I Swear on the Gorilla Glass

Suzi LeVine, the new U.S. ambassador to Switzerland, became the first US official to be sworn in on a Kindle, specifically a Kindle displaying a copy of the constitution (from the photo on the Washington Post blog it looks like the eReader was displaying the 19th amendment [women’s suffrage]).

Let’s acknowledge that this might feel a little weird. Weirder still might be the group of firefighters sworn in on an iPad Bible. But is being sworn in on a digital copy of a book really any different than the physical one?

That depends on what you think the purpose of the artifact is, and what the motives were for using a digital equivalent.

My argument would be that swearing on the constitution or the Bible is intended to bring those documents to mind. Basically, putting your hand on the Bible is supposed to make you think about actually being in the presence of God, and that your words are being spoken in front of him as well as anyone in the room. When you swear on the constitution you are pledging your loyalty to our country and its guiding principles, and if you’re an ambassador you are pledging to be our representative, to speak for us.

So does a physical book do a better job of invoking this state of mind than a digital book?

I don’t buy it. Sure a book has heft, weight, substance, but I think it’s easy to either be sincere or to go through the motions no matter what you’re putting your hand on.

Now I’m not making the argument that a physical book and an eBook are the same thing. I’m merely stating that the differences do not have a significant impact on the symbol, or at least they don’t have to. For me, a digital Bible is eminently more practical, useful and effective in my life than the dozen physical Bibles I own. The digital Bible is always with me, and even though I don’t read it as often as I like, I read it a lot more than any of the physical Bibles (even my nice little hardbound red one I bought specifically to carry with me everywhere).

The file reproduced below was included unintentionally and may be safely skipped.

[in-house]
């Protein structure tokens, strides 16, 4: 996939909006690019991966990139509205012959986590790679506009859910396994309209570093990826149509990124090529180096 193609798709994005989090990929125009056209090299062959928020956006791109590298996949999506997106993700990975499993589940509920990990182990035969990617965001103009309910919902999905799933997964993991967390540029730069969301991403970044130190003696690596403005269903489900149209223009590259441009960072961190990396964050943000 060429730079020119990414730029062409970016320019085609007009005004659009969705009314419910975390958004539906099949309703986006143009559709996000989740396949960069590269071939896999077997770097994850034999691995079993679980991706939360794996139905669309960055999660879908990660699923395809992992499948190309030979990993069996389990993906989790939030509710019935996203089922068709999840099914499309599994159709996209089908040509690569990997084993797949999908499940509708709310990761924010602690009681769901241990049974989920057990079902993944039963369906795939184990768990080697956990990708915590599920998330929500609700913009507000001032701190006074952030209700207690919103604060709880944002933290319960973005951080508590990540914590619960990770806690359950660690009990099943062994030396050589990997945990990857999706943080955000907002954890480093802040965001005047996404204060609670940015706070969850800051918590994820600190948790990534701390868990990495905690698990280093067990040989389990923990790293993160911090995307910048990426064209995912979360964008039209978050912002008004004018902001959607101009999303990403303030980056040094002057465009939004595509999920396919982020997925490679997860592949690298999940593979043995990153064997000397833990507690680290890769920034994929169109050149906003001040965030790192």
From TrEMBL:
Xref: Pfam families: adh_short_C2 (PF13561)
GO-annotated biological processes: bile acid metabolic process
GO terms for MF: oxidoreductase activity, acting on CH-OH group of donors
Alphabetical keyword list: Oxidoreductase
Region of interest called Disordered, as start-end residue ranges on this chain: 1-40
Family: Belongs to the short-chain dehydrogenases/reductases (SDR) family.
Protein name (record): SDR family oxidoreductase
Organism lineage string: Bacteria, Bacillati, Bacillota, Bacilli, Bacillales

The experience of God is not tied to a specific medium, and the impact of our country is not tied to a bound or scrolled or engraved constitution.

Now a Kindle might signify laziness on the part of someone doing the ceremony. They couldn’t be troubled to find a nice copy of the constitution so they found one online in a second. And I bet in some cases this is true, but again care is more a function of the heart of the person taking the oath than the actual circumstances. And in this case she took the time to swear on a significant amendment (and the time to adjust the font ridiculously large and show it in landscape view).

For some people. the digital version will never be quite the same, and for them the physical is a good thing. But for others, the digital has the same if not more significance.

What do you guys think? Is this the beginning of the erosion of our natural principles, or is it just the natural progression of technology?


Filed under Trube On Tech

2 responses to “I Swear on the Gorilla Glass

  1. I agree. A book is just ink and paper. It’s the words that are important, and they remain a symbol regardless of the medium used to read them. I wonder if they had this confusion when they switched from stone tablets to papyrus?

  2. As absolutely fascinating as this concept is to me (I confess, it had never occurred to me that people would be sworn in on a digital device), my vote will be for the possibly boring: natural progression of technology.

    It’s not the object, but the ideas – the power – in the words that are displayed, that brings formality and gravity to the swearing in ceremony.

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